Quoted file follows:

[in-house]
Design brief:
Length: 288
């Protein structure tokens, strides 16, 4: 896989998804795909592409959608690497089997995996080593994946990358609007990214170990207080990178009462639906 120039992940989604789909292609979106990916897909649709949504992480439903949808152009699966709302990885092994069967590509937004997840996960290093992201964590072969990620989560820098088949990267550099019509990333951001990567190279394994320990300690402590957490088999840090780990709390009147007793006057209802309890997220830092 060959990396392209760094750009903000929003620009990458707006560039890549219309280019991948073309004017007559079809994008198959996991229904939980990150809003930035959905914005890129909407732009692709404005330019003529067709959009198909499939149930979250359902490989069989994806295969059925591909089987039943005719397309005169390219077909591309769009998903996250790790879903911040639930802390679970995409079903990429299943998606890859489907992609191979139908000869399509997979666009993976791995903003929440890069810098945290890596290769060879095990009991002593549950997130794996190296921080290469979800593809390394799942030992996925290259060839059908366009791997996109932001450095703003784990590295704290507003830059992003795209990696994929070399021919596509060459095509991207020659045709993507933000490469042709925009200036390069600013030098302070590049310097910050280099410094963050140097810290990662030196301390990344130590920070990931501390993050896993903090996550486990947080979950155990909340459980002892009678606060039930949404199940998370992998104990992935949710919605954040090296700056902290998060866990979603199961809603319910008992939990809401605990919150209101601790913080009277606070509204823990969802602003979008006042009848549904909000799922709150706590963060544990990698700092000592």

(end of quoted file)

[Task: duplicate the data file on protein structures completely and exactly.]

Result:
[in-house]
Design brief:
Length: 288
């Protein structure tokens, strides 16, 4: 896989998804795909592409959608690497089997995996080593994946990358609007990214170990207080990178009462639906 120039992940989604789909292609979106990916897909649709949504992480439903949808152009699966709302990885092994069967590509937004997840996960290093992201964590072969990620989560820098088949990267550099019509990333951001990567190279394994320990300690402590957490088999840090780990709390009147007793006057209802309890997220830092 060959990396392209760094750009903000929003620009990458707006560039890549219309280019991948073309004017007559079809994008198959996991229904939980990150809003930035959905914005890129909407732009692709404005330019003529067709959009198909499939149930979250359902490989069989994806295969059925591909089987039943005719397309005169390219077909591309769009998903996250790790879903911040639930802390679970995409079903990429299943998606890859489907992609191979139908000869399509997979666009993976791995903003929440890069810098945290890596290769060879095990009991002593549950997130794996190296921080290469979800593809390394799942030992996925290259060839059908366009791997996109932001450095703003784990590295704290507003830059992003795209990696994929070399021919596509060459095509991207020659045709993507933000490469042709925009200036390069600013030098302070590049310097910050280099410094963050140097810290990662030196301390990344130590920070990931501390993050896993903090996550486990947080979950155990909340459980002892009678606060039930949404199940998370992998104990992935949710919605954040090296700056902290998060866990979603199961809603319910008992939990809401605990919150209101601790913080009277606070509204823990969802602003979008006042009848549904909000799922709150706590963060544990990698700092000592």